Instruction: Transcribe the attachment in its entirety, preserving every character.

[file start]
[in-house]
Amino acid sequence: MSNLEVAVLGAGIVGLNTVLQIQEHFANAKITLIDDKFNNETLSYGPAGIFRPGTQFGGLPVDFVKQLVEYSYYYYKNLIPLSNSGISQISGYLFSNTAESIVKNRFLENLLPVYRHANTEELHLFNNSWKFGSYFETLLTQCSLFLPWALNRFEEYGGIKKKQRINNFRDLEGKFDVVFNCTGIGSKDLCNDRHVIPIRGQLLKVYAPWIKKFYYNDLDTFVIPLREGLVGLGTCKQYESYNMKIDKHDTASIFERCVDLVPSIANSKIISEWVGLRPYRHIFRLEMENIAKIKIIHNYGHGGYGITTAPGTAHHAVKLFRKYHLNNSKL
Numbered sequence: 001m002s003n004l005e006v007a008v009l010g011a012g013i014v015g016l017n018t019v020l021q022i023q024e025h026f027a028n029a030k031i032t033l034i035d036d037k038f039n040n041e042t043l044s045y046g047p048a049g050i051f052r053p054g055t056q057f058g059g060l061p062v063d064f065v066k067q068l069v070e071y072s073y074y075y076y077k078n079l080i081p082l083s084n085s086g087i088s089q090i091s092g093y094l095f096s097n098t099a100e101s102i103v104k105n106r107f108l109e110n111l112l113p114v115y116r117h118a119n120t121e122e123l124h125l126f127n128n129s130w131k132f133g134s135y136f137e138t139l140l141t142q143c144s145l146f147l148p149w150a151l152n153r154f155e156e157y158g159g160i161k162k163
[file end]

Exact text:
[in-house]
Amino acid sequence: MSNLEVAVLGAGIVGLNTVLQIQEHFANAKITLIDDKFNNETLSYGPAGIFRPGTQFGGLPVDFVKQLVEYSYYYYKNLIPLSNSGISQISGYLFSNTAESIVKNRFLENLLPVYRHANTEELHLFNNSWKFGSYFETLLTQCSLFLPWALNRFEEYGGIKKKQRINNFRDLEGKFDVVFNCTGIGSKDLCNDRHVIPIRGQLLKVYAPWIKKFYYNDLDTFVIPLREGLVGLGTCKQYESYNMKIDKHDTASIFERCVDLVPSIANSKIISEWVGLRPYRHIFRLEMENIAKIKIIHNYGHGGYGITTAPGTAHHAVKLFRKYHLNNSKL
Numbered sequence: 001m002s003n004l005e006v007a008v009l010g011a012g013i014v015g016l017n018t019v020l021q022i023q024e025h026f027a028n029a030k031i032t033l034i035d036d037k038f039n040n041e042t043l044s045y046g047p048a049g050i051f052r053p054g055t056q057f058g059g060l061p062v063d064f065v066k067q068l069v070e071y072s073y074y075y076y077k078n079l080i081p082l083s084n085s086g087i088s089q090i091s092g093y094l095f096s097n098t099a100e101s102i103v104k105n106r107f108l109e110n111l112l113p114v115y116r117h118a119n120t121e122e123l124h125l126f127n128n129s130w131k132f133g134s135y136f137e138t139l140l141t142q143c144s145l146f147l148p149w150a151l152n153r154f155e156e157y158g159g160i161k162k163